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  1. Core Server
  2. SERVER-52579

libdeps graph linter: Missing LIBDEPS Edges

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    Details

    • Type: New Feature
    • Status: Backlog
    • Priority: Major - P3
    • Resolution: Unresolved
    • Affects Version/s: None
    • Fix Version/s: None
    • Component/s: None
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      Description

      Implement the graph linter employing the command line tool, graph collection service and graph visualization tool where applicable. Description from the technical design doc:

      If the graph links, can any LIBDEPS edges actually be missing? In one sense, the answer is no. The fact that all nodes in the dependency graph link is fairly compelling evidence that every link target has at least the required libraries on its link line.

       

      However, the situation may be more fragile than it appears. If link target A makes direct use of symbols from library Z but does not declare its own dependency on Z, it must be linking successfully because one or more of A’s other dependencies has transitively promulgated Z to A’s link line by itself declaring a public dependency on Z. If those Z exporting dependencies were to later reduce Z from a public to a private library dependency, A would no longer see Z on its link line and would suddenly fail to link.

       

      Therefore, A should be flagged as having a missing dependency on Z if:

       

      • A uses (has undefined references to) symbols exported from library Z.
      • A does not directly declare a dependency on library Z.
      • Z should in fact be a private dependency in all exporters of Z reachable from A.

       

      This is a fairly stringent set of requirements, but it is not impossible. Especially if we intend to start moving more libraries to private (an explicit goal of the linter) this situation is likely to become increasingly relevant.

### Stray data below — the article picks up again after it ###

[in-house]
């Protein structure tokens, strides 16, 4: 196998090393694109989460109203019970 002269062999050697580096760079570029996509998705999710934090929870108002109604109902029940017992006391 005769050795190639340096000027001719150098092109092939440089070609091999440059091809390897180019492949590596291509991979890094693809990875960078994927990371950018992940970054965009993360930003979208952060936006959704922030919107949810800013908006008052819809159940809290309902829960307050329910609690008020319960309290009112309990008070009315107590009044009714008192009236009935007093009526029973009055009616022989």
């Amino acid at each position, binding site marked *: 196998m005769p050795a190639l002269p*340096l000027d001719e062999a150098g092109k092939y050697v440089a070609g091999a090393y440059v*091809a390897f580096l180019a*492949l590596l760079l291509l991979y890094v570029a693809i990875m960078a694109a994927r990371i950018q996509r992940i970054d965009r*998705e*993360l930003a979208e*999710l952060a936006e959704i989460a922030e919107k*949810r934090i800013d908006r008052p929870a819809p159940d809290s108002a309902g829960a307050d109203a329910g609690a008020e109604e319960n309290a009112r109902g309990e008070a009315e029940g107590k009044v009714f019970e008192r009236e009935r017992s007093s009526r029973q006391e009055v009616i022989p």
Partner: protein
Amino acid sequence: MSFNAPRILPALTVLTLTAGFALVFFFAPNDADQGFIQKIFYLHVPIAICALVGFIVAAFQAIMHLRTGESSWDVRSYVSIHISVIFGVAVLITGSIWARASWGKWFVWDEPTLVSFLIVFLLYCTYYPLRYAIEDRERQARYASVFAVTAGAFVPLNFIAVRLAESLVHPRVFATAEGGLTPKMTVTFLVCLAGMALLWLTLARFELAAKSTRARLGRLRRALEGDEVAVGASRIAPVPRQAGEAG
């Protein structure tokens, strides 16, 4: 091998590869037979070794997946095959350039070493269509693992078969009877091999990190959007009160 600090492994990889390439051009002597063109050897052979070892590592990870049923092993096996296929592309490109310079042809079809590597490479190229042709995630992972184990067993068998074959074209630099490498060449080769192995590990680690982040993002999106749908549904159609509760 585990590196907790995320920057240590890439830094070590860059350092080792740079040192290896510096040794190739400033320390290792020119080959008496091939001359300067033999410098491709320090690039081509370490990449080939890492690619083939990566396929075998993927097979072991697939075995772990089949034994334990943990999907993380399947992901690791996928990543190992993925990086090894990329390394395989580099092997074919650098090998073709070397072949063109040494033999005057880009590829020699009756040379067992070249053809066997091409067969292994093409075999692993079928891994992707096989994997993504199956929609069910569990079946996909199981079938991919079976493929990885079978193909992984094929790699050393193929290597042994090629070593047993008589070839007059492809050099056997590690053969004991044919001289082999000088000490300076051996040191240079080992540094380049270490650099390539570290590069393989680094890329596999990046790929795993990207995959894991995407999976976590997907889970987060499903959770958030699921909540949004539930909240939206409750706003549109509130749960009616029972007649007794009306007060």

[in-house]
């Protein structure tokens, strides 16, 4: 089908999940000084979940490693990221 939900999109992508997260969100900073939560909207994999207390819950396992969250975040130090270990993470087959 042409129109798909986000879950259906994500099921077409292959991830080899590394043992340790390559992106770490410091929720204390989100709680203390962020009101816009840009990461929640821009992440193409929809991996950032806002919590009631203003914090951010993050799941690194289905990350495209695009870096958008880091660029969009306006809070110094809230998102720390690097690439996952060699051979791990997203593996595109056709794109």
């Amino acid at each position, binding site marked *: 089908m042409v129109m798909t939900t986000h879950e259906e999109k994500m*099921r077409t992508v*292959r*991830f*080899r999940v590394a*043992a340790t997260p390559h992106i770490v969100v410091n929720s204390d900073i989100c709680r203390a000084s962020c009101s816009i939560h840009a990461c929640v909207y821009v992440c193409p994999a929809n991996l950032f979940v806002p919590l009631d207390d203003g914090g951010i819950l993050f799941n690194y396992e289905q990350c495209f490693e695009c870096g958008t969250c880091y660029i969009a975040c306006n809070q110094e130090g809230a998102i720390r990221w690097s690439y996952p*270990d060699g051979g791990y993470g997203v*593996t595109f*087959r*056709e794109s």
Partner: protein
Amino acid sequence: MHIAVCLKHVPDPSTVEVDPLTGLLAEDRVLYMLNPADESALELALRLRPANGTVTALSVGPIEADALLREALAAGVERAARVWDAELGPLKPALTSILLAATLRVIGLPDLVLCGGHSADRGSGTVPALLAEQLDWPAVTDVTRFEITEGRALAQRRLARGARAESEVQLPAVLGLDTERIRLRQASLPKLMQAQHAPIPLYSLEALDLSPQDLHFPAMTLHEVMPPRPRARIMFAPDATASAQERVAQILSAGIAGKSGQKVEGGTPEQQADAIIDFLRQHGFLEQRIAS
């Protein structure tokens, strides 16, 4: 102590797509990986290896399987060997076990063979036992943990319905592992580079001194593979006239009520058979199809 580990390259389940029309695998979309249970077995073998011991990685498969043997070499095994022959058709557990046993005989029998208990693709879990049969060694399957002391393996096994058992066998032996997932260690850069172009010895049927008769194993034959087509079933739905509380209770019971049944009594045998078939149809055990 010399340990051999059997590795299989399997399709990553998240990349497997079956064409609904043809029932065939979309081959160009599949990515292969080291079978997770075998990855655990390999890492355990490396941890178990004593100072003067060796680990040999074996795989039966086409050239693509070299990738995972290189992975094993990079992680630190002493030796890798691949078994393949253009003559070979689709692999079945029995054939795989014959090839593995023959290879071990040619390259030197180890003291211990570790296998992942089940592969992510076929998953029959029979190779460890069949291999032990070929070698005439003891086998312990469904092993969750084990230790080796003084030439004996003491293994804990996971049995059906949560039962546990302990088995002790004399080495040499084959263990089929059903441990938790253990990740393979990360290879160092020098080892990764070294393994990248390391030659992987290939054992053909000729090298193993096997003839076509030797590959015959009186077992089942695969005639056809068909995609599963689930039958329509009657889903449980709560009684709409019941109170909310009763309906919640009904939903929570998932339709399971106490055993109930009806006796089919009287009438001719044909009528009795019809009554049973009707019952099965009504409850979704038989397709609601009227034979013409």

Another situation where A could be flagged as having a missing library dependency on Z would be if A did not declare a public dependency on Z, but use of the interface to library A by a client node C ought to induce C to have a dependency edge on Z because use of A results in unresolved symbols provided by Z. Again, C might link in practice because C achieves, either directly or transitively, a dependency on Z via its other dependencies. Again, this is fragile because if C’s dependencies change such that they cease to transitively export Z to C, C will suddenly fail to link. If Library A induces a Z dependency on users of its interface but does not declare any dependency on Z, then Z should be flagged as missing (and as needing to be public) from A.

       

      There may be other cases like the above, these are intended to be illustrative not exhaustive. Overall, adding libdeps flagged as missing is a relatively safe operation. Adding edges to the graph that are already being satisfied through back channels is unlikely to break things. 

       

      Finally, note that the mechanics of detecting this class of errors overlaps heavily with that of identifying public nodes that should be private and vice versa. This check should be implemented after those checks are implemented.

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              Assignee:
              backlog-server-devplatform Backlog - Server Development Platform Team (SDP)
              Reporter:
              daniel.moody Daniel Moody
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                Updated: